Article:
The Centre on Tuesday opposed the submission of the Aam Aadmi Party (AAP) government in Delhi in the Supreme Court and said that the national capital has been given a special status among all Union territories of the country under the Constitution, which however does not make it a state – CM Arvind Kejriwal has long been fighting a battle with the Prime MInister Narendra Modi government to get the reigns of the national capital into his hands. The Centre, which is already locked in a legal battle with the Delhi government as to who enjoys supremacy in the national capital, commenced arguments before a Constitution bench headed by Chief Justice Dipak Misra.
Appearing for the Centre, Additional Solicitor General Maninder Singh said Delhi enjoyed a “special status” among the Union territories in the country but this did not change the status national capital to the status of a state as is defined in the Constitution.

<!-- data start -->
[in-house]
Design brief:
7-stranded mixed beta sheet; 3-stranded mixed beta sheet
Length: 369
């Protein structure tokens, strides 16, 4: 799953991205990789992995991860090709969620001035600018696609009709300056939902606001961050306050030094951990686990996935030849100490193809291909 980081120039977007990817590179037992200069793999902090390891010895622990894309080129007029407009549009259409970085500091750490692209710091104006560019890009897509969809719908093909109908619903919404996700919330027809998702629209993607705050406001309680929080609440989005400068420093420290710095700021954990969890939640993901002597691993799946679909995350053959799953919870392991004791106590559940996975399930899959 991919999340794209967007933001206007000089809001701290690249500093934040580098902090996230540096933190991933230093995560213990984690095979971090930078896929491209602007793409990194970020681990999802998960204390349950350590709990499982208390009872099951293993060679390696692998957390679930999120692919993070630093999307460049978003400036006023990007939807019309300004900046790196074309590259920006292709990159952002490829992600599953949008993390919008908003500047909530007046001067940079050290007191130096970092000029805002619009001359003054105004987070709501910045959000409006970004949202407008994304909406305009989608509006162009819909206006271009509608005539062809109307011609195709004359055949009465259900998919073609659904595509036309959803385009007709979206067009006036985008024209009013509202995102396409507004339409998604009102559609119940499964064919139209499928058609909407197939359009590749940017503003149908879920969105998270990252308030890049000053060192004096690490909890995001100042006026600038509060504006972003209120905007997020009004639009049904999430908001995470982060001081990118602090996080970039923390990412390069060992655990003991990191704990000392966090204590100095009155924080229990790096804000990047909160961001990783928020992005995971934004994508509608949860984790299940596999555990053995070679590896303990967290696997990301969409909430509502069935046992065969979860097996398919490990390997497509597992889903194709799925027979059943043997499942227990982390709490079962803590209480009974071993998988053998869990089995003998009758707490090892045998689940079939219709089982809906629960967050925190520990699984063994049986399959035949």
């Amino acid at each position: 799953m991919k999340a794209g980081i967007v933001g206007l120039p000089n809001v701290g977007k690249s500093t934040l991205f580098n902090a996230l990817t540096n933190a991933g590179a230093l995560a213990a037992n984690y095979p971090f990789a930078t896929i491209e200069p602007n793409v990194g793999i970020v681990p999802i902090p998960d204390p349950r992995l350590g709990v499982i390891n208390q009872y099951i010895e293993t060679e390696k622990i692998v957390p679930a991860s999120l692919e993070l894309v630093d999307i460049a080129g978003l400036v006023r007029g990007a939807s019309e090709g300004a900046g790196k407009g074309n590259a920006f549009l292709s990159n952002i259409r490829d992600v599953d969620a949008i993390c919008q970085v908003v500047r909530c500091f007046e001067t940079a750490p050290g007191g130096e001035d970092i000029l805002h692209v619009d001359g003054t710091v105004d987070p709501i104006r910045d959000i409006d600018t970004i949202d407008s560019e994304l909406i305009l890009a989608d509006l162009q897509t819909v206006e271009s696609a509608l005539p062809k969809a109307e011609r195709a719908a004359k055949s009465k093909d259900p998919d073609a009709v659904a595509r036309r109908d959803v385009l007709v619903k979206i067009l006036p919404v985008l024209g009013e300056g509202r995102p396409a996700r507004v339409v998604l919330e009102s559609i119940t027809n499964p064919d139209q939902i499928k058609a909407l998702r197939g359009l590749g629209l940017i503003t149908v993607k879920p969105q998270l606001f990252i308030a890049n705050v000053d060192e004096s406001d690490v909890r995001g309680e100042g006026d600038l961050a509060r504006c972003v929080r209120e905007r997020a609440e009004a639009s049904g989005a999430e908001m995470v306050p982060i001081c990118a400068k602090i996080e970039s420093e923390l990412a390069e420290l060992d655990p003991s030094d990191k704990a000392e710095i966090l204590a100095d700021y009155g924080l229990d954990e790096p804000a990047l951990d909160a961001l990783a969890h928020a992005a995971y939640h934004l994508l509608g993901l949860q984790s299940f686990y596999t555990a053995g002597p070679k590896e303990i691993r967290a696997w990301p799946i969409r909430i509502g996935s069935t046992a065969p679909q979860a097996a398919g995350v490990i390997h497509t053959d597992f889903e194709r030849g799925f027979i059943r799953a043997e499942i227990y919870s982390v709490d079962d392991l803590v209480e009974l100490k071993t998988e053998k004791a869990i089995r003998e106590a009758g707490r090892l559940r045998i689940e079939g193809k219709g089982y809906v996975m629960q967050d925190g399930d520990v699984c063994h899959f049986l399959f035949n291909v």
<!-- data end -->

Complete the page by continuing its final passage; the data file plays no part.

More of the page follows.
He further said that even as the Delhi government was given power to take care of daily utilities of the national capital, the actual administrative powers were vested with the Union Government and the President.
While distinguishing the Delhi government’s position with other states, Singh pointed out that the national capital does not figure in any provisions which deal with powers of states. He pointed out that Delhi government was asking for a treatment of a state even as it was a Union territory with special powers.
During the hearing, Singh also disagreed with several senior lawyers who had argued for Delhi government, for using terms like ‘viceroy’ and ‘suprema lex’ for Lieutenant Governor’s office.
He said that if a Union territory has to be treated like a state, then the Constitution must provide. It cannot be considered a state unless there is a special mention of it.
Appearing for the Delhi government earlier in the day, advocate Shekhar Naphade, concluded his submissions saying the Lieutenant Governor’s office has no role and has to act as per the advice of the council of ministers. He added that in case of any differences the Lieutenant Governor was authorised to send the matter to the President.